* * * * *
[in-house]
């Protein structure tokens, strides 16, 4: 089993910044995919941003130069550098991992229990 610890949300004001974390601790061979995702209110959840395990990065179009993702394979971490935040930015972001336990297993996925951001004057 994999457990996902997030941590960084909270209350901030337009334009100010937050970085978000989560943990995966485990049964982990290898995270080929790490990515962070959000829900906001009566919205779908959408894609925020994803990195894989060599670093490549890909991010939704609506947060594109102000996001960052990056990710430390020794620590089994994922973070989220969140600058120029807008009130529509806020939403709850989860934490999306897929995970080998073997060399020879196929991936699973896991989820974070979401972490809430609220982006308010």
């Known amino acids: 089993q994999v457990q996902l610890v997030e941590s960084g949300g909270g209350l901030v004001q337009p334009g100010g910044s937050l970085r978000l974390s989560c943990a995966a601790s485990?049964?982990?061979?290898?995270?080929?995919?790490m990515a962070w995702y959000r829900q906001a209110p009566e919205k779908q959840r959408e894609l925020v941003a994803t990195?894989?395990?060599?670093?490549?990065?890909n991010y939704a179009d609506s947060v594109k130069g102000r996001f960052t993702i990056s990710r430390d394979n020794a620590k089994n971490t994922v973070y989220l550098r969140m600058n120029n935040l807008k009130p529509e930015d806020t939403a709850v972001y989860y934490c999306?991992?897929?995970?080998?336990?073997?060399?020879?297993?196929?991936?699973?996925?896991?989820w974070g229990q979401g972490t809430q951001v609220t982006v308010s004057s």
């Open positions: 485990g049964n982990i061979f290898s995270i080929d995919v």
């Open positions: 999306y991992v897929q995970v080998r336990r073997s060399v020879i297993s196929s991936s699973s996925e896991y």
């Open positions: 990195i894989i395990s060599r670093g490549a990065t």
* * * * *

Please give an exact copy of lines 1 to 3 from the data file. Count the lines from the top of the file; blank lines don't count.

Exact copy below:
[in-house]
């Protein structure tokens, strides 16, 4: 089993910044995919941003130069550098991992229990 610890949300004001974390601790061979995702209110959840395990990065179009993702394979971490935040930015972001336990297993996925951001004057 994999457990996902997030941590960084909270209350901030337009334009100010937050970085978000989560943990995966485990049964982990290898995270080929790490990515962070959000829900906001009566919205779908959408894609925020994803990195894989060599670093490549890909991010939704609506947060594109102000996001960052990056990710430390020794620590089994994922973070989220969140600058120029807008009130529509806020939403709850989860934490999306897929995970080998073997060399020879196929991936699973896991989820974070979401972490809430609220982006308010």
């Known amino acids: 089993q994999v457990q996902l610890v997030e941590s960084g949300g909270g209350l901030v004001q337009p334009g100010g910044s937050l970085r978000l974390s989560c943990a995966a601790s485990?049964?982990?061979?290898?995270?080929?995919?790490m990515a962070w995702y959000r829900q906001a209110p009566e919205k779908q959840r959408e894609l925020v941003a994803t990195?894989?395990?060599?670093?490549?990065?890909n991010y939704a179009d609506s947060v594109k130069g102000r996001f960052t993702i990056s990710r430390d394979n020794a620590k089994n971490t994922v973070y989220l550098r969140m600058n120029n935040l807008k009130p529509e930015d806020t939403a709850v972001y989860y934490c999306?991992?897929?995970?080998?336990?073997?060399?020879?297993?196929?991936?699973?996925?896991?989820w974070g229990q979401g972490t809430q951001v609220t982006v308010s004057s």